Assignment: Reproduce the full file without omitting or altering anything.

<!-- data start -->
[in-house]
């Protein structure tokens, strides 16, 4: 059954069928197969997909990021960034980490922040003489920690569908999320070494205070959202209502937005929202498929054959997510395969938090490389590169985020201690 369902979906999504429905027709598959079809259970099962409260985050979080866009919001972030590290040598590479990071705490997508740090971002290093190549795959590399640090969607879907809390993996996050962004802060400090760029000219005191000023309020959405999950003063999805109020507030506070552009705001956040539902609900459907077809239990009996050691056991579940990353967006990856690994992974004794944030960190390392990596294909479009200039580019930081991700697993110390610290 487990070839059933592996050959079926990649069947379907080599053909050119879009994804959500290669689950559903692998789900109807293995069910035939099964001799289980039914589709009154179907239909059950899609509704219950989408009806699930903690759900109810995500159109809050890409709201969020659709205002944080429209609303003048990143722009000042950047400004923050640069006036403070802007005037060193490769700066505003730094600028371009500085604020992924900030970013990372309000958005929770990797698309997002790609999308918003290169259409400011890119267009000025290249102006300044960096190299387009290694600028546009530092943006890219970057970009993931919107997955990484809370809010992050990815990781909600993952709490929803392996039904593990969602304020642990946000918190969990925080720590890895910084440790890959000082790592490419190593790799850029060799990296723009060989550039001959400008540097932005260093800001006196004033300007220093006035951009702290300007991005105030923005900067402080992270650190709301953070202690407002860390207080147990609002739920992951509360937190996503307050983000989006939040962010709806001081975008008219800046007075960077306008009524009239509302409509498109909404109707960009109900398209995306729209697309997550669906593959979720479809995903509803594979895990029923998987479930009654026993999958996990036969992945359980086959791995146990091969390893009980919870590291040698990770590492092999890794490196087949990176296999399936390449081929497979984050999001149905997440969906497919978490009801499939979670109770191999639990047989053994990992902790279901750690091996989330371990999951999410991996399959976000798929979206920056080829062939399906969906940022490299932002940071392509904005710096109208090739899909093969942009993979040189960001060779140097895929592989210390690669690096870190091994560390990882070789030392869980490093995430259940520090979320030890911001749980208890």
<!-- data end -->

[in-house]
């Protein structure tokens, strides 16, 4: 059954069928197969997909990021960034980490922040003489920690569908999320070494205070959202209502937005929202498929054959997510395969938090490389590169985020201690 369902979906999504429905027709598959079809259970099962409260985050979080866009919001972030590290040598590479990071705490997508740090971002290093190549795959590399640090969607879907809390993996996050962004802060400090760029000219005191000023309020959405999950003063999805109020507030506070552009705001956040539902609900459907077809239990009996050691056991579940990353967006990856690994992974004794944030960190390392990596294909479009200039580019930081991700697993110390610290 487990070839059933592996050959079926990649069947379907080599053909050119879009994804959500290669689950559903692998789900109807293995069910035939099964001799289980039914589709009154179907239909059950899609509704219950989408009806699930903690759900109810995500159109809050890409709201969020659709205002944080429209609303003048990143722009000042950047400004923050640069006036403070802007005037060193490769700066505003730094600028371009500085604020992924900030970013990372309000958005929770990797698309997002790609999308918003290169259409400011890119267009000025290249102006300044960096190299387009290694600028546009530092943006890219970057970009993931919107997955990484809370809010992050990815990781909600993952709490929803392996039904593990969602304020642990946000918190969990925080720590890895910084440790890959000082790592490419190593790799850029060799990296723009060989550039001959400008540097932005260093800001006196004033300007220093006035951009702290300007991005105030923005900067402080992270650190709301953070202690407002860390207080147990609002739920992951509360937190996503307050983000989006939040962010709806001081975008008219800046007075960077306008009524009239509302409509498109909404109707960009109900398209995306729209697309997550669906593959979720479809995903509803594979895990029923998987479930009654026993999958996990036969992945359980086959791995146990091969390893009980919870590291040698990770590492092999890794490196087949990176296999399936390449081929497979984050999001149905997440969906497919978490009801499939979670109770191999639990047989053994990992902790279901750690091996989330371990999951999410991996399959976000798929979206920056080829062939399906969906940022490299932002940071392509904005710096109208090739899909093969942009993979040189960001060779140097895929592989210390690669690096870190091994560390990882070789030392869980490093995430259940520090979320030890911001749980208890």